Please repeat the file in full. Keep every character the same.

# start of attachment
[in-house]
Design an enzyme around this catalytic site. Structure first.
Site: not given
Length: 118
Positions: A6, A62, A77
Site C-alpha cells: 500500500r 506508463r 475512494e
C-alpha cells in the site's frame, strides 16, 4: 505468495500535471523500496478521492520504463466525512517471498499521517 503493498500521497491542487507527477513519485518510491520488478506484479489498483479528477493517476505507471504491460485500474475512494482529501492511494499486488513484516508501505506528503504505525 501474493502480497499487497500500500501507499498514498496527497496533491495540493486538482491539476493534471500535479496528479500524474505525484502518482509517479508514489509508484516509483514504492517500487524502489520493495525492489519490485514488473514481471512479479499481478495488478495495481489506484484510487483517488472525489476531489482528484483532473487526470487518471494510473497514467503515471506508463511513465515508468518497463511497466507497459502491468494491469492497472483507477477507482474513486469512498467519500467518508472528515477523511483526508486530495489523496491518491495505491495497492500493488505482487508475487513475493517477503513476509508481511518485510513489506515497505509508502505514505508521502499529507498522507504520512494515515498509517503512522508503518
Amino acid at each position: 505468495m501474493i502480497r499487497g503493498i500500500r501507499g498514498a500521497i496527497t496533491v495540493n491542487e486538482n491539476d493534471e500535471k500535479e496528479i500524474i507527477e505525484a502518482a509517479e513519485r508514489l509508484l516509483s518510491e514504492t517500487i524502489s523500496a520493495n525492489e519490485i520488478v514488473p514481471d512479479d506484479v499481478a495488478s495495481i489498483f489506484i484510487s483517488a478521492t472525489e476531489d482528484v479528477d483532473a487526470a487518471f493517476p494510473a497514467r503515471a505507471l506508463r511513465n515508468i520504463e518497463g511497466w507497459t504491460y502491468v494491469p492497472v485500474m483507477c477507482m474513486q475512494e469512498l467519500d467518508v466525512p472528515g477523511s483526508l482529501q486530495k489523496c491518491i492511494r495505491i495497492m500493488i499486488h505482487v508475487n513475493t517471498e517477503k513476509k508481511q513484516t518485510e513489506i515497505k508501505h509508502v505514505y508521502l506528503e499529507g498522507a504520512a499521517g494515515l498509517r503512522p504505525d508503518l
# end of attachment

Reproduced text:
[in-house]
Design an enzyme around this catalytic site. Structure first.
Site: not given
Length: 118
Positions: A6, A62, A77
Site C-alpha cells: 500500500r 506508463r 475512494e
C-alpha cells in the site's frame, strides 16, 4: 505468495500535471523500496478521492520504463466525512517471498499521517 503493498500521497491542487507527477513519485518510491520488478506484479489498483479528477493517476505507471504491460485500474475512494482529501492511494499486488513484516508501505506528503504505525 501474493502480497499487497500500500501507499498514498496527497496533491495540493486538482491539476493534471500535479496528479500524474505525484502518482509517479508514489509508484516509483514504492517500487524502489520493495525492489519490485514488473514481471512479479499481478495488478495495481489506484484510487483517488472525489476531489482528484483532473487526470487518471494510473497514467503515471506508463511513465515508468518497463511497466507497459502491468494491469492497472483507477477507482474513486469512498467519500467518508472528515477523511483526508486530495489523496491518491495505491495497492500493488505482487508475487513475493517477503513476509508481511518485510513489506515497505509508502505514505508521502499529507498522507504520512494515515498509517503512522508503518
Amino acid at each position: 505468495m501474493i502480497r499487497g503493498i500500500r501507499g498514498a500521497i496527497t496533491v495540493n491542487e486538482n491539476d493534471e500535471k500535479e496528479i500524474i507527477e505525484a502518482a509517479e513519485r508514489l509508484l516509483s518510491e514504492t517500487i524502489s523500496a520493495n525492489e519490485i520488478v514488473p514481471d512479479d506484479v499481478a495488478s495495481i489498483f489506484i484510487s483517488a478521492t472525489e476531489d482528484v479528477d483532473a487526470a487518471f493517476p494510473a497514467r503515471a505507471l506508463r511513465n515508468i520504463e518497463g511497466w507497459t504491460y502491468v494491469p492497472v485500474m483507477c477507482m474513486q475512494e469512498l467519500d467518508v466525512p472528515g477523511s483526508l482529501q486530495k489523496c491518491i492511494r495505491i495497492m500493488i499486488h505482487v508475487n513475493t517471498e517477503k513476509k508481511q513484516t518485510e513489506i515497505k508501505h509508502v505514505y508521502l506528503e499529507g498522507a504520512a499521517g494515515l498509517r503512522p504505525d508503518l